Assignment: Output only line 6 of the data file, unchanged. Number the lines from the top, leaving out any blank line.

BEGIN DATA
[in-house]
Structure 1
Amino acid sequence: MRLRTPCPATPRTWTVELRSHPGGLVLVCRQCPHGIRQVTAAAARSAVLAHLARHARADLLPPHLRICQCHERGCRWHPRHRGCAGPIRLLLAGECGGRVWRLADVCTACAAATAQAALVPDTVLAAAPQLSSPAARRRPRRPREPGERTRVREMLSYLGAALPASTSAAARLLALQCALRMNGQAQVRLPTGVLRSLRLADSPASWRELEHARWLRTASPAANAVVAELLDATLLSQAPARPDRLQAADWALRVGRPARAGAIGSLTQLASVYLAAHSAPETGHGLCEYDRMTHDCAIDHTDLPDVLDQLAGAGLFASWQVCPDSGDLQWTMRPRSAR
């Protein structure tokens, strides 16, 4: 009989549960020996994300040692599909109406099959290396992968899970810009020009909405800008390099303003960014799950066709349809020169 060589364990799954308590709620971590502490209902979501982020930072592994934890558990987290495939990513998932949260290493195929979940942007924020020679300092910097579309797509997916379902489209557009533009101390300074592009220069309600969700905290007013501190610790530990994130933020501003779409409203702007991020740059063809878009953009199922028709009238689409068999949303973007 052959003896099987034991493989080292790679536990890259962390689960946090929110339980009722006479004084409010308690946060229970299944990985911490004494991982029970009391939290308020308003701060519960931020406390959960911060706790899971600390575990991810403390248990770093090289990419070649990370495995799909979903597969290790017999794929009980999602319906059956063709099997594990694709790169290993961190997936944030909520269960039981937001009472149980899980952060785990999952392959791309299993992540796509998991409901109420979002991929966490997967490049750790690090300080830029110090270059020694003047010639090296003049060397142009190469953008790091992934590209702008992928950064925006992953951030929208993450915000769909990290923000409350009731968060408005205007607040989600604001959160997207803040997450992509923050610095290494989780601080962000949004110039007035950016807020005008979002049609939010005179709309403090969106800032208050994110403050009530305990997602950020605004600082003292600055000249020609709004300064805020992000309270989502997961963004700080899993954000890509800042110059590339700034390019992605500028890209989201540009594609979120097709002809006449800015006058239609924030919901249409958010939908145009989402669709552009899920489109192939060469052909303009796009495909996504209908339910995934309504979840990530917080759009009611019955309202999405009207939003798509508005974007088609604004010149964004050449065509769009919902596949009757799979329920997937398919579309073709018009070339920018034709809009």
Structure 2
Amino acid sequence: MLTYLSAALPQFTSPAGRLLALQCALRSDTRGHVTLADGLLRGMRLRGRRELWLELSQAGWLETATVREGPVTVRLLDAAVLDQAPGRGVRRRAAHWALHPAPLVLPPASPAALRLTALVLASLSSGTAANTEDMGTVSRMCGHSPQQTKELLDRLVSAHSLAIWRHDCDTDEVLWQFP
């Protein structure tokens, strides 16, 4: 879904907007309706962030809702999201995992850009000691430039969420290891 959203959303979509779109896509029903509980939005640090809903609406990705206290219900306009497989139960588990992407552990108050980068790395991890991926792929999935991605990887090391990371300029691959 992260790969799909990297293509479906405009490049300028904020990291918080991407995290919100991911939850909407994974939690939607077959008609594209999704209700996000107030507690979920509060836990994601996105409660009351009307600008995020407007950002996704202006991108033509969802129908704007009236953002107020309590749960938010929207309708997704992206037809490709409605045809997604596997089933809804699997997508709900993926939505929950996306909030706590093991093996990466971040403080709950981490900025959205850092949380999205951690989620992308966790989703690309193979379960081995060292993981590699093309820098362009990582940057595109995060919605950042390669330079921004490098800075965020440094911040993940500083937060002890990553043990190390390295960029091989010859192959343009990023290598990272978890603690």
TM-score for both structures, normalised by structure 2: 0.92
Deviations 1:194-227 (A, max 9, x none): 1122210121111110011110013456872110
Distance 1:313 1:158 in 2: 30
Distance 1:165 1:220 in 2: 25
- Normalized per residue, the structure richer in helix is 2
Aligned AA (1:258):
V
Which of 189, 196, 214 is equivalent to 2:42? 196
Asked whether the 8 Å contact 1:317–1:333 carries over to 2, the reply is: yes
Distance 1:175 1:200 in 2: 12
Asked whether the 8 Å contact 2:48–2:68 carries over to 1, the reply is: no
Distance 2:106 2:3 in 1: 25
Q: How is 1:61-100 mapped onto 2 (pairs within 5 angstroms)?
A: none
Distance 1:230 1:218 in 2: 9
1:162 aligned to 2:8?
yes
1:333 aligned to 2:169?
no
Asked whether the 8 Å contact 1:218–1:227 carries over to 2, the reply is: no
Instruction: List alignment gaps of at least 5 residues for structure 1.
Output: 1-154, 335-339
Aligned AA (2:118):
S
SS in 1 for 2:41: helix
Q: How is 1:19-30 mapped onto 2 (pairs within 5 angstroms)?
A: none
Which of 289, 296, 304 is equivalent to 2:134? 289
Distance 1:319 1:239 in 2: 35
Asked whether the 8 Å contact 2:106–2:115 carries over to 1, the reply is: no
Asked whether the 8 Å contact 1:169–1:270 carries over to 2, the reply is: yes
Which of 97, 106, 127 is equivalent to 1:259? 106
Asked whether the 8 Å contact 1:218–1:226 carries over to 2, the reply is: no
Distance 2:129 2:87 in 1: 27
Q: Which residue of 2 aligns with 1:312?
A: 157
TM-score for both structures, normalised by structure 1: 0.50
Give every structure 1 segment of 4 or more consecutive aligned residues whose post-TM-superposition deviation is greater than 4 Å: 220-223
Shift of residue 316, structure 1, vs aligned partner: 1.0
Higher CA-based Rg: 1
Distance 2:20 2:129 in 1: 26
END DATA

Amino acid sequence: MLTYLSAALPQFTSPAGRLLALQCALRSDTRGHVTLADGLLRGMRLRGRRELWLELSQAGWLETATVREGPVTVRLLDAAVLDQAPGRGVRRRAAHWALHPAPLVLPPASPAALRLTALVLASLSSGTAANTEDMGTVSRMCGHSPQQTKELLDRLVSAHSLAIWRHDCDTDEVLWQFP